School violence includes physical violence, psychological violence, sexual violence, and bullying; it is perpetrated and experienced by students, teachers and other school staff. All children and adolescents are at risk of school violence and bullying, but those who are vulnerable because of factors such as poverty, a social status associated with ethnicity, linguistic or cultural differences, migration or displacement, and disabilities. The report shows that countries lack legislation and policy or weak enforcement of existing legislation and policy to protect children and adolescents from violence and to strengthen accountability. Also, the lack of strong school leadership and management and of implementation of school policies and codes of conduct can lead to school violence and bullying.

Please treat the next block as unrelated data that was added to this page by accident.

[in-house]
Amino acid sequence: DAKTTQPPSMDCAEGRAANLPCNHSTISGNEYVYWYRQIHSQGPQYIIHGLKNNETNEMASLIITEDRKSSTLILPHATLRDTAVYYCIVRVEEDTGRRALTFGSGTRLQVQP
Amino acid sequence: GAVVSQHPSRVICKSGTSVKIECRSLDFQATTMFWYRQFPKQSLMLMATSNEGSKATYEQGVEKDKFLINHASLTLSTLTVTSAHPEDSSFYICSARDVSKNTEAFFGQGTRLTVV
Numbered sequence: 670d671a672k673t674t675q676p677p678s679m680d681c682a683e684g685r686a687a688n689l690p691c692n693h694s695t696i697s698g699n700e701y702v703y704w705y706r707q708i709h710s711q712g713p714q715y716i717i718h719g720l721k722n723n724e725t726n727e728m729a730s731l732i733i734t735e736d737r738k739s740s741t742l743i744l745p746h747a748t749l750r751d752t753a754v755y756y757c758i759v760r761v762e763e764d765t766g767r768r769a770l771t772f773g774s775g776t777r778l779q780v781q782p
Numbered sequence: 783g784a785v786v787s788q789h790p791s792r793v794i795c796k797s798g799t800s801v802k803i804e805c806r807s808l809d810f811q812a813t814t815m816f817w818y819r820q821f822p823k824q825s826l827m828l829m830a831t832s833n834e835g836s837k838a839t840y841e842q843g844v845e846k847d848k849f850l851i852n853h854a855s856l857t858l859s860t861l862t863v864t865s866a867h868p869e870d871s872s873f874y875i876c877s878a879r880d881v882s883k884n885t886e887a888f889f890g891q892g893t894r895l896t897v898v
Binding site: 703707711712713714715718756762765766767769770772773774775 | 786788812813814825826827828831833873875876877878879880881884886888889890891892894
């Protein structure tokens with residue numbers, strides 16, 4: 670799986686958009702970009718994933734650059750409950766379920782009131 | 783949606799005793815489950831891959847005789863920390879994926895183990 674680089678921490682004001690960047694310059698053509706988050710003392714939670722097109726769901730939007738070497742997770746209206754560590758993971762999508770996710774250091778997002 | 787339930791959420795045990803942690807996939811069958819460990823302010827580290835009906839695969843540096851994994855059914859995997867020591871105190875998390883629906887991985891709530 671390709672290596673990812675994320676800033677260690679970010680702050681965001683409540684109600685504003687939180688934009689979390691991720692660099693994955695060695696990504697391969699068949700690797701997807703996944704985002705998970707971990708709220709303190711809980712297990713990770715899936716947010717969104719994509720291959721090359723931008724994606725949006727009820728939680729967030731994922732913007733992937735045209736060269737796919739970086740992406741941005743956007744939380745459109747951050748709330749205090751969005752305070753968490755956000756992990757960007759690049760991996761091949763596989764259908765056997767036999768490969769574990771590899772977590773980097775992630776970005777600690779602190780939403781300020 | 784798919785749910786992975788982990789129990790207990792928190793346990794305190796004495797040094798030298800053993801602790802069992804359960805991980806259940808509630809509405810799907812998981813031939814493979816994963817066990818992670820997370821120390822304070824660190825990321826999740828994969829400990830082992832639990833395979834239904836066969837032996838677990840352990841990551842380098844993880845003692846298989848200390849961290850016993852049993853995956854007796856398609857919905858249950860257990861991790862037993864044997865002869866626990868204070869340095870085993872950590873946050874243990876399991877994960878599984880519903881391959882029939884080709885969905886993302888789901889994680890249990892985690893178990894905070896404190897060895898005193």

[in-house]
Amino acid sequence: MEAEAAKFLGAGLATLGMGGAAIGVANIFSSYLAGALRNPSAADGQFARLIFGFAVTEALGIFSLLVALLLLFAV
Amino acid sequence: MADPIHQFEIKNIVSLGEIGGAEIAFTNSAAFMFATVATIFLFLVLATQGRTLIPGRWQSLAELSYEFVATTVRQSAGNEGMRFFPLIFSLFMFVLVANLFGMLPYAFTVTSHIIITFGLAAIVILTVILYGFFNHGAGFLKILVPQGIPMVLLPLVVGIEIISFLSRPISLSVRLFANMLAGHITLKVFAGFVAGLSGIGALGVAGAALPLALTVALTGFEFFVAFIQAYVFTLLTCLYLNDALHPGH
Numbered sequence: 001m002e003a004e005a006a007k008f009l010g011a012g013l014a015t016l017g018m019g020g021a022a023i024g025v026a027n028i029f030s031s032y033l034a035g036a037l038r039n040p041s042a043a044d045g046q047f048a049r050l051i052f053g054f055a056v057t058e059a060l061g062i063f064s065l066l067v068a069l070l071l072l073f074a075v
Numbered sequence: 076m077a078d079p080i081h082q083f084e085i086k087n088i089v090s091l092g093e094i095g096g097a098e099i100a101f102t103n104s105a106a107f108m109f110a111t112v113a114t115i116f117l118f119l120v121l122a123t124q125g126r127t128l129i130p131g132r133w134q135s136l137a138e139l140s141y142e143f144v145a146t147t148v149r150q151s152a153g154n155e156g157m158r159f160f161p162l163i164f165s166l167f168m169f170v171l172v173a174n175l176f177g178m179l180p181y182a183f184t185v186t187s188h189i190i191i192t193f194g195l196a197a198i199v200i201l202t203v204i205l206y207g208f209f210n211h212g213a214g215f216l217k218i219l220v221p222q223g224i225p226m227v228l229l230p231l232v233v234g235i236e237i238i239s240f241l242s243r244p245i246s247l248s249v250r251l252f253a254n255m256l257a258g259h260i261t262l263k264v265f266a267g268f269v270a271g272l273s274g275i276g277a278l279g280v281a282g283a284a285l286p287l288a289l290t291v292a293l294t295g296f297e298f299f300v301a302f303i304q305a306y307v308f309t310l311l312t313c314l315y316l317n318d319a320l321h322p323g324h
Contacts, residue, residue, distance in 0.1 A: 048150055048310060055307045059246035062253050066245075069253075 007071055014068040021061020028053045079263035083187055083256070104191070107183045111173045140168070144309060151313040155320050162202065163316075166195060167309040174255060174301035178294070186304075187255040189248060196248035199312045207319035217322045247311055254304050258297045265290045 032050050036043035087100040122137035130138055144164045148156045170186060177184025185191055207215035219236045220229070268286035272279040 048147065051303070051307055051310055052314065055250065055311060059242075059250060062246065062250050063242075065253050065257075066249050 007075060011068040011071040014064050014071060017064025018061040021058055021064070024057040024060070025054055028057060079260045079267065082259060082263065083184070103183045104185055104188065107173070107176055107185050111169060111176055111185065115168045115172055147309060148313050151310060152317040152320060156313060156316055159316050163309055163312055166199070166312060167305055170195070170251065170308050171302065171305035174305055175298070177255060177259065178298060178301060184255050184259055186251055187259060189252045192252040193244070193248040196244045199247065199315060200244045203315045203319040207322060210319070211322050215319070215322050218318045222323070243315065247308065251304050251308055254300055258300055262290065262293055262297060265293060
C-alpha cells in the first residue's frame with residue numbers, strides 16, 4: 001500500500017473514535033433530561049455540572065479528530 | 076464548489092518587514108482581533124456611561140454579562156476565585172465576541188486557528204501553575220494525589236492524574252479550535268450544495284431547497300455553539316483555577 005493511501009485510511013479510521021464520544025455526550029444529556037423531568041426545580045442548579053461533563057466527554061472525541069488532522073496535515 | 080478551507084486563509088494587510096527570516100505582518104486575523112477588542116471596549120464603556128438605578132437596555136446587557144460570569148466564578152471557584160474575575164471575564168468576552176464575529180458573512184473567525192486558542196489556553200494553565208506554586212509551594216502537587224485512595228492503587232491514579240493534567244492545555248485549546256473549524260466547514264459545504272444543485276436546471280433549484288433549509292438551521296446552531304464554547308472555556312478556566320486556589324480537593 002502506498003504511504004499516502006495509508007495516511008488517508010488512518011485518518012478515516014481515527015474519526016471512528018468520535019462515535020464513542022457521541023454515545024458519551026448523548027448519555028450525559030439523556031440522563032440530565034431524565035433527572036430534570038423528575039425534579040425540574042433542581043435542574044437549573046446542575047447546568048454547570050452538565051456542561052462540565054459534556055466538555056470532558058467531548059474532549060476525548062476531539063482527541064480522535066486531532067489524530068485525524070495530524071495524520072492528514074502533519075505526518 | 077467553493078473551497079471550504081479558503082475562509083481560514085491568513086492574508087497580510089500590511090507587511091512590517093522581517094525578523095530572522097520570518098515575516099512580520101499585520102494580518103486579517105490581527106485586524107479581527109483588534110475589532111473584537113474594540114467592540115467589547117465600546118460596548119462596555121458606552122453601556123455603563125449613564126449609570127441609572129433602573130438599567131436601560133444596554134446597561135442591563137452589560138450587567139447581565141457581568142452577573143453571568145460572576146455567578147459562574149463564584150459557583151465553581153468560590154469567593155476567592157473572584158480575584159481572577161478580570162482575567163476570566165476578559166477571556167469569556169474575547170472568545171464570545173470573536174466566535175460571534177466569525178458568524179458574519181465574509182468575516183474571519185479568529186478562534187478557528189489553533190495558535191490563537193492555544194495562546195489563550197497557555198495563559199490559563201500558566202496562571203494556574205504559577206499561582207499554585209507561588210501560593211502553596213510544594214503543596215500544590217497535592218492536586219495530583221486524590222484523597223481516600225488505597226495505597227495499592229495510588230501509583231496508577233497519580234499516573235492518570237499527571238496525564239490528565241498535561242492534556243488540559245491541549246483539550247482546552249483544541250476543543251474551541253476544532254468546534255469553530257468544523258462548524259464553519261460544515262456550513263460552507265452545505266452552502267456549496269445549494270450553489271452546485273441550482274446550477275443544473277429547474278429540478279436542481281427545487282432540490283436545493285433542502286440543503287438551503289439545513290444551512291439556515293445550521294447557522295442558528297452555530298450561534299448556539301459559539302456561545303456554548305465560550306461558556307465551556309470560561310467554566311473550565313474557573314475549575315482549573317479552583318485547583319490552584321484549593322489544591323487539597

the priority actions required to address key challenges and to tackle school violence and bullying so that all children and adolescents have access to safe and inclusive learning environments:

  1. Strengthen leadership and commitment to eliminating school violence and bullying.
  2. Promote awareness of violence against children, the benefits of violence-free schools and the harmful impact of school violence and bullying.
  3. Establish partnerships, including active participation of children and adolescents, to tackle school violence and bullying.
  4. Build the capacity of education staff and learners to prevent and respond to school violence and bullying.
  5. Establish systems to report school violence and bullying and to provide support and services.
  6. Improve data and evidence on the causes, nature, extent and impact of school violence and bullying and effective responses to it.

These priority actions are also critical to achieving Agenda 2030 and the aims of the recently established Global Partnership to End Violence Against Children.



Prepared by Simona Varankaite